Teaching First Nations’ students to dive into the world of marine science

Students participating in JCU’s 2024 Aboriginal and Torres Strait Islander Marine Science program. CREDIT: @lauraboderke

A long-running James Cook University program is continuing to inspire the next generation of First Nations’ marine scientists with almost 70 north Queensland high school students graduating from the program.

The Aboriginal and Torres Strait Islander Marine Science (ATSIMS) program aims to build connections between traditional ecological Knowledge and Western science to offer a two-way learning experience for all participants.

18 state, Catholic and independent schools participated in the program this year, with students hailing from Bowen, the Burdekin, Townsville, Ingham and Abergowrie.

Over 30 science teachers and Indigenous support staff participated alongside students in the program. ‘Beyond ATSIMS’ is funded by WWF Australia and The Vincent Fairfax Family Foundation.

- Advertisement -

ATSIMS coordinator Dr Allison Paley said students enjoyed several activities over the past month, including a trip to JCU’s Orpheus Island Research Station, engagement with local Indigenous Land and Sea Ranger groups and Traditional Owners, a tour of the Australian Institute of Marine Science and participating in hands-on practical exercises at JCU’s Science Place and Marine Aquaculture Research Facility.

“This year, students benefited from field training to complete Rapid Monitoring surveys for the Eye on the Reef program run by members of the Reef Authority’s Reef Education Team,” Dr Paley says.

“A highlight of the program for me is getting to work alongside students on Country on Goolboddi (Orpheus Island) to collect data for important citizen science initiatives like the Australian Marine Debris Initiative, Eye on the Reef, MangroveWatch and CoralWatch.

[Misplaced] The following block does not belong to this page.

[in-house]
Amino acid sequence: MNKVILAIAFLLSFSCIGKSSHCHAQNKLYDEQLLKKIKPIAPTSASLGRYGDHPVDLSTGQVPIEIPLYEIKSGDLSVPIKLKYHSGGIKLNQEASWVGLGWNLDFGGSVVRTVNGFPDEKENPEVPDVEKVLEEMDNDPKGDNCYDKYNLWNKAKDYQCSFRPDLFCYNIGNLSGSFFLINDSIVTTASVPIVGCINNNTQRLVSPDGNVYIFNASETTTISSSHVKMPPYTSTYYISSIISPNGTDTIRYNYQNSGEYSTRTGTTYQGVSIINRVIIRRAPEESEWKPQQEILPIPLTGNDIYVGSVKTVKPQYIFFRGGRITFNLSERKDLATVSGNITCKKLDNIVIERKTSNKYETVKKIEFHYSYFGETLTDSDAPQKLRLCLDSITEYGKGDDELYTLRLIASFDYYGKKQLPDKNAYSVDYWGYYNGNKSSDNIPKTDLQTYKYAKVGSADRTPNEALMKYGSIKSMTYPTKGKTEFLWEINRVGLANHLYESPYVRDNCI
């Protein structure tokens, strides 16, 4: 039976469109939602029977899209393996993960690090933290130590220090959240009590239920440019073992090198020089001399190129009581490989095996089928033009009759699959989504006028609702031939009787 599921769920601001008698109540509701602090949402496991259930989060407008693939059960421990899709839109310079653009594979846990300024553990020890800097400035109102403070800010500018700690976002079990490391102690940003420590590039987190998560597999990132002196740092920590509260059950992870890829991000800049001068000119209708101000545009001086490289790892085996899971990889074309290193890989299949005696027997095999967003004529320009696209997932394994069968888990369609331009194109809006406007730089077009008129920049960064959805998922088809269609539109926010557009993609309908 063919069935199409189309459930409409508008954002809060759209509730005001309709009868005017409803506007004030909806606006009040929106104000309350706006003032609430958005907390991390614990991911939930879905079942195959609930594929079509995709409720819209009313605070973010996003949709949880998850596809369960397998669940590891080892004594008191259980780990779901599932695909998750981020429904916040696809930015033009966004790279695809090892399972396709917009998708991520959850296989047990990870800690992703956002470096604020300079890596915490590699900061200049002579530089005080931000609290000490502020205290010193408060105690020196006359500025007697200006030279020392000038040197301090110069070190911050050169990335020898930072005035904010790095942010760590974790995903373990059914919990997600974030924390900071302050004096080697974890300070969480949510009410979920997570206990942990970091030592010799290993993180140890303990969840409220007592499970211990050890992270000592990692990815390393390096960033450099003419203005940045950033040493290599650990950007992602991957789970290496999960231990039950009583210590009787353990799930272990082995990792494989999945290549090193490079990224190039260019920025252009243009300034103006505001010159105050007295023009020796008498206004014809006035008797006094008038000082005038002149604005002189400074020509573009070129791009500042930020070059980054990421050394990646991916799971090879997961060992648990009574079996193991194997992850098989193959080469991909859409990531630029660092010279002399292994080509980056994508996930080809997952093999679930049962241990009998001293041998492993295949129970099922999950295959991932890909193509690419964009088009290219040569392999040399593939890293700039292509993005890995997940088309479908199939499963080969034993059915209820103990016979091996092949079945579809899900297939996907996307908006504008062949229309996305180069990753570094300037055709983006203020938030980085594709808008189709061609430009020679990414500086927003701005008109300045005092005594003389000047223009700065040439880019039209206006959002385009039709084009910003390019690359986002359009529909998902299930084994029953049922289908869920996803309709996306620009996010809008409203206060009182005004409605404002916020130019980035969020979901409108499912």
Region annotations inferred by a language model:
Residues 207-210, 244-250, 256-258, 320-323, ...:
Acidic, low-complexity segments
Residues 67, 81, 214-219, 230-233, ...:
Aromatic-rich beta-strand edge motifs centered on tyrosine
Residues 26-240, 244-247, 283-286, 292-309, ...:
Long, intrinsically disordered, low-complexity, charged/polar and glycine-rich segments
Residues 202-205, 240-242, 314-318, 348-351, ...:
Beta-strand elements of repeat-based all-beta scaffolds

“Students see the impact of their efforts in the data they collect and upload to the data portals, and how easy it would be for them to participate in programs like these on their own.”

- Advertisement -

Connecting students with mentors

Dr Paley says it was important to connect students with Indigenous Land and Sea Rangers, Traditional Owners and First Nations marine scientists as mentors during the program.

“For students to consider careers in the marine industry it’s absolutely critical they see role models for themselves within the broader marine science and management industry,” she says.

“That’s why it’s so important for us to connect them with Indigenous Land and Sea Ranger groups, Traditional Owners engaged in Caring for Country work and First Nations marine scientists and managers throughout the program.”

Engaging students in real-world marine science

Ingham State High Year 11 student Alexa Campbell-Chiesa said the program allowed her to determine if the marine industry was a career path she wanted to pursue.

“It was good to learn more and become more aware of the environment and understand it better,” she says.

- Advertisement -

Snorkelling, hiking and the ‘women’s business’ yarning circle were all highlights for Ms Campbell-Chiesa.

The Cathedral School student Ruby Kuilboer says she enjoyed hearing the stories and experiences of people working in the marine science field.

“A personal highlight throughout the course for me was getting to go to Orpheus Island, and exploring the reef and its marine life,” she says.

“This program has definitely encouraged me to consider taking my love for animals and science and pursuing it as a career. I think studying at JCU would be a great step towards my future in science.”

The program concluded with a visit to JCU’s Indigenous Education and Research Centre on the Bebegu Yumba Campus in Townsville, followed by a graduation ceremony at Science Place on Wednesday afternoon.

- Advertisement -

And in a first for the program, a select group graduates will be awarded placement into the inaugural ‘Beyond ATSIMS’ program, which will help connect participants with industry placements, internships and training opportunities to extend their experience and develop their pre-professional networks and job readiness.

Students from St Margaret Marys at Gudjuda Ranger Day.

Kirwan State High science teacher Sandra Darby says a personal highlight for her was watching students discover connections to their culture and the environment around them.

St Teresa’s College, Abergowrie teacher Peter Cavalot praised the program and the opportunities it afforded First Nations students.

“The program is filled with first-time opportunities that provide our students with real-life insights into marine interaction,” he says.

“It engages students in marine “awareness” that may lead them to their own Sea Country contributions into the future.”

Share This Article